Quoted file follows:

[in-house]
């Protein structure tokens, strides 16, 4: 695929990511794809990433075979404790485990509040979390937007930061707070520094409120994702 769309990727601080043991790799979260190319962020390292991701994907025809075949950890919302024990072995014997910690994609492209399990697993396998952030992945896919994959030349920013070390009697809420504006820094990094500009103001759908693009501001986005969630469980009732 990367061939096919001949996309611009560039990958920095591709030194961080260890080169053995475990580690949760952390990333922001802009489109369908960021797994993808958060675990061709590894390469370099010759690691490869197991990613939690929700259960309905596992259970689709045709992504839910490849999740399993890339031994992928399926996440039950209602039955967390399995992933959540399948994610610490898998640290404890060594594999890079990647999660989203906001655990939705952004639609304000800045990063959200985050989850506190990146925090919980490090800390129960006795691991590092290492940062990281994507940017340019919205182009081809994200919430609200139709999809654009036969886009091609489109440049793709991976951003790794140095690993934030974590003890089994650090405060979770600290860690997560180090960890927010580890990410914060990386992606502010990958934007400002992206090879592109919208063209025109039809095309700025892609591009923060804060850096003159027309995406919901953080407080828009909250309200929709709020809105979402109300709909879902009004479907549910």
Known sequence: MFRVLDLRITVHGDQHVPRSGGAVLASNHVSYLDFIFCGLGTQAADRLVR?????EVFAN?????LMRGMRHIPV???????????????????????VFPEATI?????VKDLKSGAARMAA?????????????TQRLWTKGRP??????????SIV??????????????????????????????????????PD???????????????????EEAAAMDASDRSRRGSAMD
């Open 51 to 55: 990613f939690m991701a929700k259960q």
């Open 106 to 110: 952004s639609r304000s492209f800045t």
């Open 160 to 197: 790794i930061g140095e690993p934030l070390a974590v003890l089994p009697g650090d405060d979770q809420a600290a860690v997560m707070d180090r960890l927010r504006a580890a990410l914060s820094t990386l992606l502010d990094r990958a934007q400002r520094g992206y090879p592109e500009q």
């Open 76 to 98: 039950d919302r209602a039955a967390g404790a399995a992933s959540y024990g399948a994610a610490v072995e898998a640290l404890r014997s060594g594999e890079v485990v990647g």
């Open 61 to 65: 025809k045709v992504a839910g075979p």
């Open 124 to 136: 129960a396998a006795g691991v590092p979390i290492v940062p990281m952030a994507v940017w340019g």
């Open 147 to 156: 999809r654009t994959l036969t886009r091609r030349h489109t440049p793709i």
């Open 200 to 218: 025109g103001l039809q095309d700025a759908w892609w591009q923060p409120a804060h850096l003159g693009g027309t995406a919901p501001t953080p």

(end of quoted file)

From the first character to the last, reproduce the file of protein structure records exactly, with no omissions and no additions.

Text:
[in-house]
């Protein structure tokens, strides 16, 4: 695929990511794809990433075979404790485990509040979390937007930061707070520094409120994702 769309990727601080043991790799979260190319962020390292991701994907025809075949950890919302024990072995014997910690994609492209399990697993396998952030992945896919994959030349920013070390009697809420504006820094990094500009103001759908693009501001986005969630469980009732 990367061939096919001949996309611009560039990958920095591709030194961080260890080169053995475990580690949760952390990333922001802009489109369908960021797994993808958060675990061709590894390469370099010759690691490869197991990613939690929700259960309905596992259970689709045709992504839910490849999740399993890339031994992928399926996440039950209602039955967390399995992933959540399948994610610490898998640290404890060594594999890079990647999660989203906001655990939705952004639609304000800045990063959200985050989850506190990146925090919980490090800390129960006795691991590092290492940062990281994507940017340019919205182009081809994200919430609200139709999809654009036969886009091609489109440049793709991976951003790794140095690993934030974590003890089994650090405060979770600290860690997560180090960890927010580890990410914060990386992606502010990958934007400002992206090879592109919208063209025109039809095309700025892609591009923060804060850096003159027309995406919901953080407080828009909250309200929709709020809105979402109300709909879902009004479907549910």
Known sequence: MFRVLDLRITVHGDQHVPRSGGAVLASNHVSYLDFIFCGLGTQAADRLVR?????EVFAN?????LMRGMRHIPV???????????????????????VFPEATI?????VKDLKSGAARMAA?????????????TQRLWTKGRP??????????SIV??????????????????????????????????????PD???????????????????EEAAAMDASDRSRRGSAMD
């Open 51 to 55: 990613f939690m991701a929700k259960q």
């Open 106 to 110: 952004s639609r304000s492209f800045t």
């Open 160 to 197: 790794i930061g140095e690993p934030l070390a974590v003890l089994p009697g650090d405060d979770q809420a600290a860690v997560m707070d180090r960890l927010r504006a580890a990410l914060s820094t990386l992606l502010d990094r990958a934007q400002r520094g992206y090879p592109e500009q």
């Open 76 to 98: 039950d919302r209602a039955a967390g404790a399995a992933s959540y024990g399948a994610a610490v072995e898998a640290l404890r014997s060594g594999e890079v485990v990647g």
């Open 61 to 65: 025809k045709v992504a839910g075979p």
């Open 124 to 136: 129960a396998a006795g691991v590092p979390i290492v940062p990281m952030a994507v940017w340019g």
């Open 147 to 156: 999809r654009t994959l036969t886009r091609r030349h489109t440049p793709i």
């Open 200 to 218: 025109g103001l039809q095309d700025a759908w892609w591009q923060p409120a804060h850096l003159g693009g027309t995406a919901p501001t953080p």